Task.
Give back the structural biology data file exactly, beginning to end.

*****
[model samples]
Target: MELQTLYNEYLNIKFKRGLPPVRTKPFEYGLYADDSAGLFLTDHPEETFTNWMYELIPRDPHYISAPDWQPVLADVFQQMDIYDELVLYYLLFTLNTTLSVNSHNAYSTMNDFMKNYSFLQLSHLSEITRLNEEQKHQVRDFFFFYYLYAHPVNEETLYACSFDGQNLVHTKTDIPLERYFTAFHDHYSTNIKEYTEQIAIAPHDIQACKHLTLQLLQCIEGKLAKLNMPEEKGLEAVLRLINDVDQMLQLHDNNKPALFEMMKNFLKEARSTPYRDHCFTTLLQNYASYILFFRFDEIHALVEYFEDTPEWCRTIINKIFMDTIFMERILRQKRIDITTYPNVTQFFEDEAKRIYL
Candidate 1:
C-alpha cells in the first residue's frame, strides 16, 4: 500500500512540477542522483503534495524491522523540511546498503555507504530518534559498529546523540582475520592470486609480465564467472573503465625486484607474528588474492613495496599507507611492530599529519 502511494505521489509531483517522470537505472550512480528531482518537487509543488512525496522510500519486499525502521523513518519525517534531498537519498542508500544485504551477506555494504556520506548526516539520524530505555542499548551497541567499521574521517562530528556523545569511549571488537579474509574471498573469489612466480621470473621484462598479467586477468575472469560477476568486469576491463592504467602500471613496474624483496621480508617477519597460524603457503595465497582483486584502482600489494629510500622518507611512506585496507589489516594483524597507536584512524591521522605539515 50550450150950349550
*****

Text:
[model samples]
Target: MELQTLYNEYLNIKFKRGLPPVRTKPFEYGLYADDSAGLFLTDHPEETFTNWMYELIPRDPHYISAPDWQPVLADVFQQMDIYDELVLYYLLFTLNTTLSVNSHNAYSTMNDFMKNYSFLQLSHLSEITRLNEEQKHQVRDFFFFYYLYAHPVNEETLYACSFDGQNLVHTKTDIPLERYFTAFHDHYSTNIKEYTEQIAIAPHDIQACKHLTLQLLQCIEGKLAKLNMPEEKGLEAVLRLINDVDQMLQLHDNNKPALFEMMKNFLKEARSTPYRDHCFTTLLQNYASYILFFRFDEIHALVEYFEDTPEWCRTIINKIFMDTIFMERILRQKRIDITTYPNVTQFFEDEAKRIYL
Candidate 1:
C-alpha cells in the first residue's frame, strides 16, 4: 500500500512540477542522483503534495524491522523540511546498503555507504530518534559498529546523540582475520592470486609480465564467472573503465625486484607474528588474492613495496599507507611492530599529519 502511494505521489509531483517522470537505472550512480528531482518537487509543488512525496522510500519486499525502521523513518519525517534531498537519498542508500544485504551477506555494504556520506548526516539520524530505555542499548551497541567499521574521517562530528556523545569511549571488537579474509574471498573469489612466480621470473621484462598479467586477468575472469560477476568486469576491463592504467602500471613496474624483496621480508617477519597460524603457503595465497582483486584502482600489494629510500622518507611512506585496507589489516594483524597507536584512524591521522605539515 50550450150950349550